My daughter was washing her hands at about 1:10 or so (approx., anyway, I really lost concept of time). I heard (or felt) something so I told her to turn off the water. I thought it was my husbands keys jingling in the door. I cracked the door to yell to him to hurry up and come to the bathroom with us. I then realized it wasn’t him– it was the walls shaking, and debris flying against the sides of our home. I closed the door and told my kids to hurry up and get under the blanket. I put them under me, and me under the cushions with the blanket on top. A few seconds later the power went off and almost instantly the roof flew off. I felt like my body was about to explode or implode, not sure which. The force of the tornado was sucking everything and was trying to pull the blanket off us. I held it as tightly as I could around all us. My 9 yo dd was screaming “we’re gonna die!!!” an my 2yo was laying under me completely limp with his eyes open. He never moved a muscle during the whole thing. I kept telling myself “we’re going to be okay” over and over. At one point I lost hope and thought the same thing Kaya had been screaming. I was wondering HOW we would die. Would something heavy fall on us? Would the walls around us give in and put us right in that tornado? What probably only lasted seconds seemed to last hours. The house shook and felt like nothing I could ever imagine. Never have I felt a horror like that. About that time I realized the wind was weakening some. I decided to pull the blanket back to see what was on us. Massive amounts of debris and our ceiling had fallen in on us. There was still bits of shredded pine and shards of glass falling like snow. I covered us up until I felt it had settled. I pulled the blanket back and my daughter began to yell “He’s dead! Mom, Rider is dead!!!” I thought he was too. He was laying there with his eyes closed completely lifeless. I felt and found a pulse and he was breathing, but he continued to not move as I picked him up and put his head on my shoulder. When I opened the bathroom door I had to shove it a little to make it open. I never thought I would see what was on the other side of that door. For a second I didn’t understand where we were. This wasn’t my home…. Where were the walls and windows? There were piles of who knows what all around us, and no path to walk out. Someone yelled that there was a gas leak somewhere and we had to hurry. None of us had shoes on, and my son was only wearing a diaper. We started screaming for help. I was so paniced… what if that thing wasn’t gone yet, or what if it turned around (I wasn’t thinking logically about the nature of tornados)? We started screaming. We could see the street from where we stood but I needed help getting my kids out of the piles of rubble. There were people walking by like zombies. They looked like they had no idea where they were, or where they were going. I was thinking “Why aren’t these people helping us? They aren’t running or rushing to get to their home to help family out. Can they not hear us, see us?”. I frantically searched the ground around us for clothing, shoes, my purse, my keys. Anything familiar. I found a tablecloth to wrap around Rider and about that time 3 teenaged boys came to help us out. It wasn’t until then my son began to cry. Really cry like I’d never heard him before. The boys worked like an assembly line and passed my son, then my daughter out and helped me climb over the rubble. He said we needed our shoes, and asked where we last had them so they could try to get them for me. I told them not to worry about my shoes, to go ahead with finding others.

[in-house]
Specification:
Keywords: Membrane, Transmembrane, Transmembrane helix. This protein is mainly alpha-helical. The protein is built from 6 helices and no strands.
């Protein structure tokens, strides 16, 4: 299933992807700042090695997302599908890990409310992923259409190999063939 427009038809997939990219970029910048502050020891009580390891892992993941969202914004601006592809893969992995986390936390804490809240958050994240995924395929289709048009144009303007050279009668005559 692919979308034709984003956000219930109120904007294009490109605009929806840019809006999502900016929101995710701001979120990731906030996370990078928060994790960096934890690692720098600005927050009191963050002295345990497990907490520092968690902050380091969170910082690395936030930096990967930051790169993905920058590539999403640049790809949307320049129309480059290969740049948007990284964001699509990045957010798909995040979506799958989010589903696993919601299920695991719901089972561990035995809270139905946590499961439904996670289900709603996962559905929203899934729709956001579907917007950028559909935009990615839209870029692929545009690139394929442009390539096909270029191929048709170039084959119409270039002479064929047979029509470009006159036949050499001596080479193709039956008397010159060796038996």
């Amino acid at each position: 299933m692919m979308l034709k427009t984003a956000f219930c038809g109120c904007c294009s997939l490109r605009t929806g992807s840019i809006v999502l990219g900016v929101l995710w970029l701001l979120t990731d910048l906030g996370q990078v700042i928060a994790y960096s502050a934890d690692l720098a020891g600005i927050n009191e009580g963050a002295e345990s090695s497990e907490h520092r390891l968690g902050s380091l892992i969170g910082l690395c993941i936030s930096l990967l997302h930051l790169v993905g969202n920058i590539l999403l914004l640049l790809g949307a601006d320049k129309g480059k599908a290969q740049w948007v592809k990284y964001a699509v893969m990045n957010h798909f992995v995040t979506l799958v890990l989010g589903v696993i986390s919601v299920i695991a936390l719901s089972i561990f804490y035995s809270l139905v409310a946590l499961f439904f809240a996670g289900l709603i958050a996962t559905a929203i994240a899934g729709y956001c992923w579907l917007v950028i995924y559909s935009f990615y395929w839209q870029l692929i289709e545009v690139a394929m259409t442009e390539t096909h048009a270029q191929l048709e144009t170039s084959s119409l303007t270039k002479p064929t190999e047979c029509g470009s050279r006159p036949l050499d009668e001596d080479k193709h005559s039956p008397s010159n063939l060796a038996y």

I didn’t know where to go. Powerlines were down everywhere. Water was shooting somewhere out of my home, there was broken glass, pine sticks,and pieces of the whole neighborhood everywhere. I had never in my life so desired to be in a strong structure, immediately. My kids and I walked down to the corner of the street, where there used to be a small meat market and hair salon. A woman pulled her suburban on the corner and told me we could sit in it. She was off duty rescue personnel and had her little baby in the suburban. I was holding my kids as tightly as I could, nursing my son hoping it would comfort him and still looking for something more to wrap my kids in. It was still a little windy, and they were shaking from being cold and scared. There was mass histeria around us. People were bleeding from all different places and it seemed like no one was coming to help. Little did I know the high school had just been hit by the same tornado, and a wall had fallen in on the kids killing 8 of them. My brother is the auto mechanics teacher, and was on the very same hall with those kids.